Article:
Scientists, how NOT to sound like Charlie Brown’s teacher

Most of the fundamental ideas of science are essentially simple, and may, as a rule, be expressed in a language comprehensible to everyone. — Albert Einstein

My friend and fellow scientist, Shengpan Lin, and I have been thinking about the importance of science communication.  Among scientists, we generally assume that any time spent communicating our research to non-scientists is time spent not being productive, which ignores how communication also benefits scientists themselves. This communication is a two-way exchange of information, not just one-way broadcasting.

Often, presentations can come across as “too technical” or using “too much jargon” leading to scientists themselves coming across as “spending too much time in their head” and not caring about the audience’s interests.  If scientists create their presentations for non-scientist audiences by simply making adjustments to existing presentations for a scientific audience, the presentation is not likely to be useful for the audience or help the scientist nurture a working relationship with the audience members.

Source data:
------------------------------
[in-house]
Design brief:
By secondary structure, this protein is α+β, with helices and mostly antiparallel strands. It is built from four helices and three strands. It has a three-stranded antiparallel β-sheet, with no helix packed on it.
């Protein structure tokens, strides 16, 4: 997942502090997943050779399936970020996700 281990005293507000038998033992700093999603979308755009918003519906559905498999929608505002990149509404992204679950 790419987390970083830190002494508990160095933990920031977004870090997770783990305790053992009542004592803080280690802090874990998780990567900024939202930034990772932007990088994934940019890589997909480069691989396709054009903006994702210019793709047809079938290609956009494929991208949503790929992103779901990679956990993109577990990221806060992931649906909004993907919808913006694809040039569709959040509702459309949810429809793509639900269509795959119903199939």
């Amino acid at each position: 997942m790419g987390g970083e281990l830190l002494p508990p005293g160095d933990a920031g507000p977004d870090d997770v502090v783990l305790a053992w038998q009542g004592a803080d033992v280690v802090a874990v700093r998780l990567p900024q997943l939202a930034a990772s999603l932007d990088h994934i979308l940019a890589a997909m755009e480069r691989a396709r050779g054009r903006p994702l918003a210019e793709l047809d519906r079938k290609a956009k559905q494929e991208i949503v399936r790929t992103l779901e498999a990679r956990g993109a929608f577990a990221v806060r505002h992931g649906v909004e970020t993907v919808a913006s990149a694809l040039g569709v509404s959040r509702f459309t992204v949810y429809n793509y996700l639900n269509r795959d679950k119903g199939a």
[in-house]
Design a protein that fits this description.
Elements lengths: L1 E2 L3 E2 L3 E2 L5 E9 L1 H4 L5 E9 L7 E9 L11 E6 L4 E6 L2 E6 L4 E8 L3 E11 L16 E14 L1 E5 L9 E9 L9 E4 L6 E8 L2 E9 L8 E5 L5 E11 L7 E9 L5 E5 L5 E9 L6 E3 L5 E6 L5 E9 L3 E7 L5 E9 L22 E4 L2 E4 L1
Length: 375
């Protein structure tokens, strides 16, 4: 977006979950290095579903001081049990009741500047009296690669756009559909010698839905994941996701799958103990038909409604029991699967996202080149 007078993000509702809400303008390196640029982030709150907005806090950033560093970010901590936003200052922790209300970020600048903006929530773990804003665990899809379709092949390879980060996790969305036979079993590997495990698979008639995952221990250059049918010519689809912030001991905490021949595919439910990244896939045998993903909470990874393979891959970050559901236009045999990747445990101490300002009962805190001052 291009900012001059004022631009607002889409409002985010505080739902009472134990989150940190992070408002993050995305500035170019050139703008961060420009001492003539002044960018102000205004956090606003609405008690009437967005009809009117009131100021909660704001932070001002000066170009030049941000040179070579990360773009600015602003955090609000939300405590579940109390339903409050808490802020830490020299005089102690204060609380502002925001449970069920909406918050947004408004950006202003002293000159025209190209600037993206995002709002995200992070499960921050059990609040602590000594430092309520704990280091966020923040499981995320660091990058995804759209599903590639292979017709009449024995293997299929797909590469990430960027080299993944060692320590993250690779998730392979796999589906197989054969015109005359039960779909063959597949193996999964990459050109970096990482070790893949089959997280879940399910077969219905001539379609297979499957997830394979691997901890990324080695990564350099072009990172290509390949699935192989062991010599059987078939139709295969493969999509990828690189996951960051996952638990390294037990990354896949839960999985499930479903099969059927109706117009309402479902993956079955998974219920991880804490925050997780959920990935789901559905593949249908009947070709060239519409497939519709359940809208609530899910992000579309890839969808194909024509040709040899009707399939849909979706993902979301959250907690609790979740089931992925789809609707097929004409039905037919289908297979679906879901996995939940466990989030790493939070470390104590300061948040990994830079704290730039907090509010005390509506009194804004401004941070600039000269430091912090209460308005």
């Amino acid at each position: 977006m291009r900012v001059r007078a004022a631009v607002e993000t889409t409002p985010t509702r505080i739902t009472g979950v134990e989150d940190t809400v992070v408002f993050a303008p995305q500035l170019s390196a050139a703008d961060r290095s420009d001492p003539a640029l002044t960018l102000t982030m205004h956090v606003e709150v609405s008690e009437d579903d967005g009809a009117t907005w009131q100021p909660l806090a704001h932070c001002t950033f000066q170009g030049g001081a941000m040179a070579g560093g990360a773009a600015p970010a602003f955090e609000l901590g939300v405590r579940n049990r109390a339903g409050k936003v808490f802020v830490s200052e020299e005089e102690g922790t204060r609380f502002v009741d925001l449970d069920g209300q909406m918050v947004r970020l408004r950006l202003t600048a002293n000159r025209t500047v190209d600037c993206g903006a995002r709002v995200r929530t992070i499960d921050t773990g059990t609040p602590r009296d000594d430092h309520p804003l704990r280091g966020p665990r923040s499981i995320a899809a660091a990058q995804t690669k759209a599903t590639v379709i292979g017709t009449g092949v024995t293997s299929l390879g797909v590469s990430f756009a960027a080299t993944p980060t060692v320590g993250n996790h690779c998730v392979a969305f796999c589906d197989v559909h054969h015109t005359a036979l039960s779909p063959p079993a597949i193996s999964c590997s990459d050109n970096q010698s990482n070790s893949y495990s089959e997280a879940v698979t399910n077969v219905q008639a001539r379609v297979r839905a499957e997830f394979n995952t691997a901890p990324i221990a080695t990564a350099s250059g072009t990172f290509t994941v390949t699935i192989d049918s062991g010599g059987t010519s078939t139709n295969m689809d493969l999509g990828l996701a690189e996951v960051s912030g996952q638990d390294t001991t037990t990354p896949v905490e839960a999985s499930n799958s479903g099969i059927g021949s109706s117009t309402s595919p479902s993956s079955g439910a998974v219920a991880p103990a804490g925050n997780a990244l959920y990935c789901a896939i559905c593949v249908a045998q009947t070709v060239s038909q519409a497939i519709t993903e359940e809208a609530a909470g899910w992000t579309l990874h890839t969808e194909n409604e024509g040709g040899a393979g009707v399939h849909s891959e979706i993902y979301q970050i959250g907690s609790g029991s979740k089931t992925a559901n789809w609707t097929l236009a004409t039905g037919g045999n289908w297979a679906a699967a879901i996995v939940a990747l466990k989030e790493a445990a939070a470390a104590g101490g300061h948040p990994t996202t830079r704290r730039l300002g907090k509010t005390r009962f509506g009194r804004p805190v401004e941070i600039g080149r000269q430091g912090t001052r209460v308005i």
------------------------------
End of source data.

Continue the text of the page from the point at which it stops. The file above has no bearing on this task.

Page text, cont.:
When communicating with non-scientist audiences, scientists need to consider what the audience is most concerned with, what their experiences might be with the topic, their level of knowledge of the topic (do not underestimate this!), and most essentially how the scientist can connect with the audience. We suggest that scientists consider these elements when outlining their presentation before deciding on the content of the presentation.  We came up with a checklist to help you get started (see Box 1 below).  This process involves taking a step (or several steps) back and looking at the big picture, i.e. ask yourself, where does my research fit into society?  This may involve thinking and talking about things you don’t normally think and talk about because you take them for granted.  Every scientist thinks their own research is important but rarely do we think critically about how to explain its importance to others, except briefly in the opening line of a grant proposal or article. Give this a try and drop us a line with your feedback!

Checklist

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